We live in an entropic world. The amount of disorder is increasing, and fragmentation too. The loss of variety affects every sphere, from the ecological to the public response. Everything is unravelling, for we are no longer part of a liquid society. The process of digitalization is reorganizing society in an increasingly top-down manner, through its rigid procedures and pervasive forms of influence and control. Will the Metaverse absorb the world, with the outside gone? Are we destined to a universe of functional signs, which knowledgeable interpreters of contemporaneity have called “symbolic misery”?
Immanence does not make us freer, in fact, quite the contrary! When we lose the sacred dimension, of transcendence, of mystery, we are impoverished inexorably. The word sacred comes from sacer, which means separate. A sacred place is the Templum, from the word temno, which means to carve out, to mark a discontinuity. The important anthropologist Mircea Eliade recognized the reciprocity of the terms sacred/profane, which are defined one in relation to the other, where the profane is the pro-fanum, which means to stand before the temple. Therefore, there is no dualism or opposition; instead, there is an original relationship.
Between the two spaces, there is a threshold, a limen, a passage that separates and at the same time connects the inside and the outside. The portal, as Romano Guardini’s beautiful analysis of the spirit of the liturgy and of sacred signs reminds us. To cross the threshold means to abandon the ordinary, to change behavior, our clothing; in short, to recollect oneself. To move from concentration on self to receptivity. To prepare oneself for a communion based on a coming together around a common table. Where, as Pessoa puts it, “the earth is kneaded with heaven”. In fact, the temple has an “eye”, the oculus, the circular opening at the top of the dome to let in light, but more importantly to connect with the “vertical” outside. A space, but a different time too. The psychoanalyst Carl Jung emphasized the extra-temporal order of the Mass, a “rending of the veil of temporal and spatial relativity that separates the human spirit from the vision of the eternal”. In addition, this is a discontinuous time indicated by the solemnity of gestures, a slowness that breaks the frenzy, the pauses that place the noise of life at a distance. When we enter a sacred space, which converges around a common center, the standing in horizontal and vertical communion are steps in a transformative process, which re-signifies the everyday once we return to the ordinary. In the liturgy, corporeality plays a central role, and the body is involved in every dimension, whether that be perceptual, postural, or a dimension regarding its physical movement. Michel De Certeau wrote, “The praying man is a tree of gestures”. Our perceptual windows, whether that be of the sense of sight, the sense of smell with the incense, the sense of hearing with the voices, the singing, the bells, the sense of taste with bread and wine, all of them are awakened, prompted, and invited. We kneel, we stand, we shake hands, and we walk down the aisle to bring gifts (a gesture that in many cultures is infused with the motions and rhythm of a dance) and to receive the Eucharist. In keeping with the incarnation, the body is at the center, and the body signifies the whole human being. A body that does not need technological prostheses to enter into communion. The liturgy reinforces the bond. As Romano Guardini wrote, “The ‘I’ of the liturgy is the union of the believing community; it is something that transcends the mere sum of individual believers”. At a time of extreme individualism, which is revealing its problematic side, “Liturgy does not say I, it says we”. Liturgy literally means action of the people. Nevertheless, is the liturgy, as we experience it today, still capable of expressing it? In addition, to return to the initial questions, would not liturgy, with its symbolic language and the concreteness of agreeing, of recognizing, of opening to transcendence be a place of recomposition, of countering symbolic misery, of freedom from the pressures of an increasingly pervasive and powerful techno-economic system?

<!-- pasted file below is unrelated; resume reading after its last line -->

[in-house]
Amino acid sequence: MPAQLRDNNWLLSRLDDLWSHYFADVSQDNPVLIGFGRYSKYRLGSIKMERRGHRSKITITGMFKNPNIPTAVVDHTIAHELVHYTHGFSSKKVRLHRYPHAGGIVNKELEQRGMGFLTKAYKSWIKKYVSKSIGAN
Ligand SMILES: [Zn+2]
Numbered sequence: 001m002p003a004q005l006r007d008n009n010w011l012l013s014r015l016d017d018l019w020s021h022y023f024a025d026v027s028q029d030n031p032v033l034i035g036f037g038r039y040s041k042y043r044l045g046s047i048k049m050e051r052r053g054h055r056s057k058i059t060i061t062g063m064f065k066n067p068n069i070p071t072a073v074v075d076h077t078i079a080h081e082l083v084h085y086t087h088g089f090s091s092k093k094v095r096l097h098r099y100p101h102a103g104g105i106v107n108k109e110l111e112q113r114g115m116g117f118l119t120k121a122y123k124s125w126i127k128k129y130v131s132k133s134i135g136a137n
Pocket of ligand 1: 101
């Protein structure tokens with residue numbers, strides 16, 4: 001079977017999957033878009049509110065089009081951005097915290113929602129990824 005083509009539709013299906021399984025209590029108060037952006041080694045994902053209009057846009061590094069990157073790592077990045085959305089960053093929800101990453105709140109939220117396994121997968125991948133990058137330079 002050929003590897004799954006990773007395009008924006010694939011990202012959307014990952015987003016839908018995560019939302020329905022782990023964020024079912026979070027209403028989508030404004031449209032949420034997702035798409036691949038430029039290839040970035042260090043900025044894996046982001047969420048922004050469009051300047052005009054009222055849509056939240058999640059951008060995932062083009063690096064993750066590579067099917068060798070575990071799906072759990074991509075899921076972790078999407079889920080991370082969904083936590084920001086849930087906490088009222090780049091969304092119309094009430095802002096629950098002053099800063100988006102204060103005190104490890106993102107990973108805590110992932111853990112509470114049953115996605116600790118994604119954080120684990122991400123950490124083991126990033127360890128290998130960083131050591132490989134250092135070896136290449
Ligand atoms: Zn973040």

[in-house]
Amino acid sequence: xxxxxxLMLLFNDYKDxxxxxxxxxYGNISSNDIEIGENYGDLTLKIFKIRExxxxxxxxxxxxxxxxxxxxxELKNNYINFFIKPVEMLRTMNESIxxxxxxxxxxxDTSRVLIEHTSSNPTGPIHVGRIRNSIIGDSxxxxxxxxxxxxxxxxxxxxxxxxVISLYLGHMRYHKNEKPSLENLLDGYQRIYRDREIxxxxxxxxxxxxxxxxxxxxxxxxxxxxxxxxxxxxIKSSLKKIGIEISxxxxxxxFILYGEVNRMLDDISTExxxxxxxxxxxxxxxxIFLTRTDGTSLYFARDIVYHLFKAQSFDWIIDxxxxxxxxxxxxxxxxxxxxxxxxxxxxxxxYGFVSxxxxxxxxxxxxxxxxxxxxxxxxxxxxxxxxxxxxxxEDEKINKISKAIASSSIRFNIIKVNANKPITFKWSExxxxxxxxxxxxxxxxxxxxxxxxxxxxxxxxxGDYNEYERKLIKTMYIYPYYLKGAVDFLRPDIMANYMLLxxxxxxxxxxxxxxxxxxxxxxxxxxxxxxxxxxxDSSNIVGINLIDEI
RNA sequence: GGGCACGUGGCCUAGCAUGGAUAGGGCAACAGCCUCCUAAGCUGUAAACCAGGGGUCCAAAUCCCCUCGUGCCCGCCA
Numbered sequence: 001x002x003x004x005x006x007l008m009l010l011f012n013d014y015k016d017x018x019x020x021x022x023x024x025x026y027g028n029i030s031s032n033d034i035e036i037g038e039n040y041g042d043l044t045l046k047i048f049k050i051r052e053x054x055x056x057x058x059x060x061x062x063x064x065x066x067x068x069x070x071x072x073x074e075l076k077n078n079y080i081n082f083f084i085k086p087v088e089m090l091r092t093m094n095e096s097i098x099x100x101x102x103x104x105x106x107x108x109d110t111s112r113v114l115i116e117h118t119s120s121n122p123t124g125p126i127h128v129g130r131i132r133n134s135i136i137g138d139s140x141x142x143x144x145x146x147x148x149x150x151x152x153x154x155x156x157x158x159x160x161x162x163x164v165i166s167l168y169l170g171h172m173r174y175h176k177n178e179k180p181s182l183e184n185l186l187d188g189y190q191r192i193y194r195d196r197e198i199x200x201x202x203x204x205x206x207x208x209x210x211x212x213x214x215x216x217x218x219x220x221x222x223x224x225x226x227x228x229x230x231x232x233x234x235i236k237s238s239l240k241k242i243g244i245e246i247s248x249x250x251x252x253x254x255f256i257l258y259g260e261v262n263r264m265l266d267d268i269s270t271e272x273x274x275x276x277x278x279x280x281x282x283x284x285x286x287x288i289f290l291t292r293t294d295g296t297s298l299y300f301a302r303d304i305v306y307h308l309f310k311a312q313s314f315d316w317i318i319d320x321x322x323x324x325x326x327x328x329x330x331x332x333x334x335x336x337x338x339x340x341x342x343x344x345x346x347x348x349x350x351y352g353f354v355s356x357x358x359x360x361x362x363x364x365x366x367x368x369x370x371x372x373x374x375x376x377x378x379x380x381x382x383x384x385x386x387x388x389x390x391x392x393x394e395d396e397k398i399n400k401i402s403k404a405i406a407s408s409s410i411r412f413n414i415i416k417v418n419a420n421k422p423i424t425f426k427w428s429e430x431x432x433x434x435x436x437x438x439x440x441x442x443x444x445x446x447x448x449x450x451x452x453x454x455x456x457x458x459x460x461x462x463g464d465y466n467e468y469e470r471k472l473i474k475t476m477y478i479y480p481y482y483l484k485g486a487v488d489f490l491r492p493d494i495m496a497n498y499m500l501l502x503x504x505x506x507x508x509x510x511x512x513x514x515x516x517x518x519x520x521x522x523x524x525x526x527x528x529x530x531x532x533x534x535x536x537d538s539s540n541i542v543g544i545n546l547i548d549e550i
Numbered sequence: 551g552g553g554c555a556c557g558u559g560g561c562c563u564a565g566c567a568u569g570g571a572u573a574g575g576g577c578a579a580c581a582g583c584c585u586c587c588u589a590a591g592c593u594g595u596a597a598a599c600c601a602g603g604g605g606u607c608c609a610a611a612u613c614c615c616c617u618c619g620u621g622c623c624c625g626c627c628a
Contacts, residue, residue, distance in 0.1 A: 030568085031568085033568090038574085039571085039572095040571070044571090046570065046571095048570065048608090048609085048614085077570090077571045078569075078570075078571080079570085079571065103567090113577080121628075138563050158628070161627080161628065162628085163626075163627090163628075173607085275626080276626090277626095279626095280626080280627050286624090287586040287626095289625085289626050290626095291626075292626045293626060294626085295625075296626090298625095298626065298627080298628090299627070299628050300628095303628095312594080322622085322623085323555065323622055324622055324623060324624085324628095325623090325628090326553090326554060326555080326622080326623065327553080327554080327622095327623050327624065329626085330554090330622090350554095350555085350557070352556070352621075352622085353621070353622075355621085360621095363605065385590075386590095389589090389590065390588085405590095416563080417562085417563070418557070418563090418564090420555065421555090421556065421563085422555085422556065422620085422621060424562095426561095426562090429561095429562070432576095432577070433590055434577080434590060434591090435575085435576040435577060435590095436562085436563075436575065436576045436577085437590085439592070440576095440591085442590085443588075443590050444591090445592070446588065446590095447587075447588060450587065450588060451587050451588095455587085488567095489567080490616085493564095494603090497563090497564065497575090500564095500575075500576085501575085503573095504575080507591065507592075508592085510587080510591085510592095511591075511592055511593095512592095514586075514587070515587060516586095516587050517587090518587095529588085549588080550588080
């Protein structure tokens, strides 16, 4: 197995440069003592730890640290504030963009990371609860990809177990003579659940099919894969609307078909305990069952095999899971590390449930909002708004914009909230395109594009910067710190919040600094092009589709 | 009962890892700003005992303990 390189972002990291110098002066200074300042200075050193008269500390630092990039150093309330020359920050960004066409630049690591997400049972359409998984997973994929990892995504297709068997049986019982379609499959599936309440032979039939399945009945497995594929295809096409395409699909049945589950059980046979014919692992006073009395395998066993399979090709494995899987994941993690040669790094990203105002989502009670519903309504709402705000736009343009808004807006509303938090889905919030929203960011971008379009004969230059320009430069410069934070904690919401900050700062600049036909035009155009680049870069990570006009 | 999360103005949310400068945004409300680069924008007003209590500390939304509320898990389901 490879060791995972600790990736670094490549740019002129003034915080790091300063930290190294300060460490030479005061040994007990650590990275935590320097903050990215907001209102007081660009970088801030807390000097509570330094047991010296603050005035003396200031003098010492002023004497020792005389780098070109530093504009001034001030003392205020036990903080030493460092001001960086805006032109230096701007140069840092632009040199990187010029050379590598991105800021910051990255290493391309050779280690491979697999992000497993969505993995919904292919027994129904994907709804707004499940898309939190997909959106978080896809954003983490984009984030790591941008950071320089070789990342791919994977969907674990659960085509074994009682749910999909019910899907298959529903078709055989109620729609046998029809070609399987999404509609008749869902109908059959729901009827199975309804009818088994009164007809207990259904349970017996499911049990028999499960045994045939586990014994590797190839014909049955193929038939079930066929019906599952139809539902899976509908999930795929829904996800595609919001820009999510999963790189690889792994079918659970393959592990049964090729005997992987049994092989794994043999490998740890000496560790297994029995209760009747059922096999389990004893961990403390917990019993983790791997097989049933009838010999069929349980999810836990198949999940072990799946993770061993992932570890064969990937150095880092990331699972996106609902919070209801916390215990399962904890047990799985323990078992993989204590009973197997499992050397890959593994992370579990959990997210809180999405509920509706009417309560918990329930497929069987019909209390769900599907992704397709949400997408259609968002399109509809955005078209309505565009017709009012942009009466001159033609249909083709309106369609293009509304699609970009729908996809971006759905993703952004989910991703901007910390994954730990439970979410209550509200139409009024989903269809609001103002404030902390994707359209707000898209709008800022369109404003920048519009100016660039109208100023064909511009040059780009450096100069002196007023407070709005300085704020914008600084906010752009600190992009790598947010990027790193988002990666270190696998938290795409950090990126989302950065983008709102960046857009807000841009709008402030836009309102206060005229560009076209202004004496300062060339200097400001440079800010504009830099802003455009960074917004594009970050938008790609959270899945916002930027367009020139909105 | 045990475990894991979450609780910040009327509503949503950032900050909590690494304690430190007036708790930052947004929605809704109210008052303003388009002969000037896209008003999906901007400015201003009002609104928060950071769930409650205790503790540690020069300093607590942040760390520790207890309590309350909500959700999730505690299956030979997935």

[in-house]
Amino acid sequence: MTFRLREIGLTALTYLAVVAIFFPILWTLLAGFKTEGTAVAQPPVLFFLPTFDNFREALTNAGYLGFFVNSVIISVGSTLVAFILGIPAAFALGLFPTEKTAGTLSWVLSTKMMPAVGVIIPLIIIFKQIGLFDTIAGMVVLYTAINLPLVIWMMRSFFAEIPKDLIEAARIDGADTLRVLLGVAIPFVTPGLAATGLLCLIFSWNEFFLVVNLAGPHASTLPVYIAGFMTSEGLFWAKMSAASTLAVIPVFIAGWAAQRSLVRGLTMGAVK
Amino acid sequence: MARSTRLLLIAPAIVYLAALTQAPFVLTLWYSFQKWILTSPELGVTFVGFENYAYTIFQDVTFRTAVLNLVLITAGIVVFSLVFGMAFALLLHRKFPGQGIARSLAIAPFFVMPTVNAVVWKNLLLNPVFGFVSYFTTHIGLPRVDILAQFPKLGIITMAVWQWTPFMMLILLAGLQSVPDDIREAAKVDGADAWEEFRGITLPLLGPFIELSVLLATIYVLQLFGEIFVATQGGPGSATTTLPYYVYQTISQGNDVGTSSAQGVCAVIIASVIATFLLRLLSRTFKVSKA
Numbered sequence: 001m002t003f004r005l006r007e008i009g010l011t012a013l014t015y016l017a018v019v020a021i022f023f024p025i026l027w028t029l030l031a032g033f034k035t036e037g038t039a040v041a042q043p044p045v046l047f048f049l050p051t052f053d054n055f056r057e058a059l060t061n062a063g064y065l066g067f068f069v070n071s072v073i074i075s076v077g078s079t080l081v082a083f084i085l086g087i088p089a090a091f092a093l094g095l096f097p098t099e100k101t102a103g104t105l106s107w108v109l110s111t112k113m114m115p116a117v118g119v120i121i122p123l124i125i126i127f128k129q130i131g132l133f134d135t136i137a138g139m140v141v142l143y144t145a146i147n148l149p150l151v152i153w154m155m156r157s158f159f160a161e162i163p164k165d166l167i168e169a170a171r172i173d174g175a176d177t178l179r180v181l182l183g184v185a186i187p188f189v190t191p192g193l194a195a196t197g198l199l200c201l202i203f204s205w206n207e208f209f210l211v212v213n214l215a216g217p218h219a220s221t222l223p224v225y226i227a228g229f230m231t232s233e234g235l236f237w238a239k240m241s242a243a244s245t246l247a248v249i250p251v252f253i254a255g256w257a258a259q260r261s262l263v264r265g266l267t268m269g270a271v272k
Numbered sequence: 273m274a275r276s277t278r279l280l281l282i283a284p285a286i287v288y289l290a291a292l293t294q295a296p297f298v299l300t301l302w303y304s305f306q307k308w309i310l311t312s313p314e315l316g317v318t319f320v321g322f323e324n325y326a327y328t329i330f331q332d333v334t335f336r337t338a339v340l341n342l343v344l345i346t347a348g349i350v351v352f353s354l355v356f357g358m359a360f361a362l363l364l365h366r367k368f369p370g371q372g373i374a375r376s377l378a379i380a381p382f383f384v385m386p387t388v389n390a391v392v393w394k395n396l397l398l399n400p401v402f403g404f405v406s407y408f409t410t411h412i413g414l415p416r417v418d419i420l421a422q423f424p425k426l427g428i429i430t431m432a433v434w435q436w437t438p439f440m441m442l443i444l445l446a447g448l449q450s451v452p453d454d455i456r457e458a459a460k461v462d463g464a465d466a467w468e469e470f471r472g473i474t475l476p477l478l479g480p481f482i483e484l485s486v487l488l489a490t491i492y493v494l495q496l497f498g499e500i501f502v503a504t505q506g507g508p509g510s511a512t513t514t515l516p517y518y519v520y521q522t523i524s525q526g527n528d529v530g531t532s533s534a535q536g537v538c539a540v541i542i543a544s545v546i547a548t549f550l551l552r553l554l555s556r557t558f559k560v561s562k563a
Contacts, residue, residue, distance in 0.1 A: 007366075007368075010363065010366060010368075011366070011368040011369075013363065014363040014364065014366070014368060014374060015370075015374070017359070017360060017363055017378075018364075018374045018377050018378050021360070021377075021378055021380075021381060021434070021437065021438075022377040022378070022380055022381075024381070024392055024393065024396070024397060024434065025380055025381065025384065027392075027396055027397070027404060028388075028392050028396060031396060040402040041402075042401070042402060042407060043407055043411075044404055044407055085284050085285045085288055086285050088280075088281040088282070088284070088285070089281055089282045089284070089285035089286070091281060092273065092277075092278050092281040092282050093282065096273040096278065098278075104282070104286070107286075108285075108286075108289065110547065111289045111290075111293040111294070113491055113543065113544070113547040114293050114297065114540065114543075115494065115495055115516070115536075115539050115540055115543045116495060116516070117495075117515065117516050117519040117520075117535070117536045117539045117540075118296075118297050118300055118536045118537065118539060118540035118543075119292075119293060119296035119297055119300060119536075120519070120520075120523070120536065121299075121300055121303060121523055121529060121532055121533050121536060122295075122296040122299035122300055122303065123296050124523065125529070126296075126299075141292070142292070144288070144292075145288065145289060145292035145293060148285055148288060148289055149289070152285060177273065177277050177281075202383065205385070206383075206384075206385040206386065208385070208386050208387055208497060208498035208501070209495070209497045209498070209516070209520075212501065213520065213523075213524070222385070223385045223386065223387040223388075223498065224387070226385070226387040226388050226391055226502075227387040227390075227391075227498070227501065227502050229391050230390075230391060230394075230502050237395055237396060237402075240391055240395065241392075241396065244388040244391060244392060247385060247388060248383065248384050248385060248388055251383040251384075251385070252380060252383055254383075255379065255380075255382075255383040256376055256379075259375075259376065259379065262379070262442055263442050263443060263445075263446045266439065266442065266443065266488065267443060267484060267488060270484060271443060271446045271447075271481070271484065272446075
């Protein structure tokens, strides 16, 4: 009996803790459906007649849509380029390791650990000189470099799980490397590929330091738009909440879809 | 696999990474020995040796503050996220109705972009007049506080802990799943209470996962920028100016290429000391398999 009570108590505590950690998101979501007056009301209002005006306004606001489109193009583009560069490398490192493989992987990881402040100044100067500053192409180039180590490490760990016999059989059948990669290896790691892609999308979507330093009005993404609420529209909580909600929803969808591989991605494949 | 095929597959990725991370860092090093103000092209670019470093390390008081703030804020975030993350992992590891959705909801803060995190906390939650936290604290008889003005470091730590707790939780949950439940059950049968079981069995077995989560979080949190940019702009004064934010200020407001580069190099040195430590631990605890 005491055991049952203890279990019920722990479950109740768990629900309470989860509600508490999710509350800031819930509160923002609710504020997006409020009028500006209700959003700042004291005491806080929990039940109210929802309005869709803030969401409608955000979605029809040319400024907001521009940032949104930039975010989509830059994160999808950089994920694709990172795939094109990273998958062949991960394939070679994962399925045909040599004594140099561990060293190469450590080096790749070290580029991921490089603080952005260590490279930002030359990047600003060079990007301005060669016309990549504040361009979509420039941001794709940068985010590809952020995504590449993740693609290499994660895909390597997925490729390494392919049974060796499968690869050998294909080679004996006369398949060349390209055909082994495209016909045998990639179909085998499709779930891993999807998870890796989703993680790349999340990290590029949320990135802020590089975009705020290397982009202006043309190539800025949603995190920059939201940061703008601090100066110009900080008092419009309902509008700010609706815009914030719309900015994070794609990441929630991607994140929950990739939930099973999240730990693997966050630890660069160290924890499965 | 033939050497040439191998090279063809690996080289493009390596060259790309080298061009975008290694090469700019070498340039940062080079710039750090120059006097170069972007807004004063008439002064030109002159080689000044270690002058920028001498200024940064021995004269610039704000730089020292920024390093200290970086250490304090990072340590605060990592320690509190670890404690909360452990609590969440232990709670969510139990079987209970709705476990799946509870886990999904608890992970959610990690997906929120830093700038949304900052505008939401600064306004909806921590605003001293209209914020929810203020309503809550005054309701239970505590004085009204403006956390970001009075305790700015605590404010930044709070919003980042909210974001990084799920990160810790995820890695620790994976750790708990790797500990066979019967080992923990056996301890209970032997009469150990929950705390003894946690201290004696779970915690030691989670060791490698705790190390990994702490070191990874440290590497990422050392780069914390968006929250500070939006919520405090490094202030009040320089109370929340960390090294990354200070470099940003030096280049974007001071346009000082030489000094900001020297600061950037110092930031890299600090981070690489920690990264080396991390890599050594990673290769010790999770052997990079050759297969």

The concrete language of the liturgy restores flesh to the abstraction of our increasingly digitized lives; and it is a choral language, an experience of communion in an increasingly individualized world. Perhaps this is why learning from other eras and cultures can be helpful today too.
The symbol, the body, the community. Our time needs this language, this other time and space, a discontinuity that paradoxically helps to bind the pieces of our existences together. Today, however, the liturgy struggles to play this role, which is more valuable than ever. Moreover, this too, along with others, is one reason for the empty churches. Liturgies that are poorly felt and poorly cared for and especially little care is paid to the symbols and too much intellectualism, which is mistaken for spirituality. A feminine way of viewing liturgy today can be valuable in de-intellectualizing it. Once again, to cite Guardini, “Spirit is not conceptual, abstraction. Spiritual is concrete”.
Women are concrete, in the highest sense of the word. Perhaps this is why the liturgy struggles to speak to them, but the dialogue needs to be sewn together, to restore concreteness to the spirit.
This paradox speaks of the surpassing truth of the Christian way. A way that, if it recovers the freshness of its origins, has much to say to this time. “In an increasingly abstract world, a Catholic stands on the side of the concreteness of human life made up of joys and sorrows, successes and failures, victories and defeats, strength and weakness, centrality and marginality, life and death” (Guardini).
by CHIARA GIACCARDI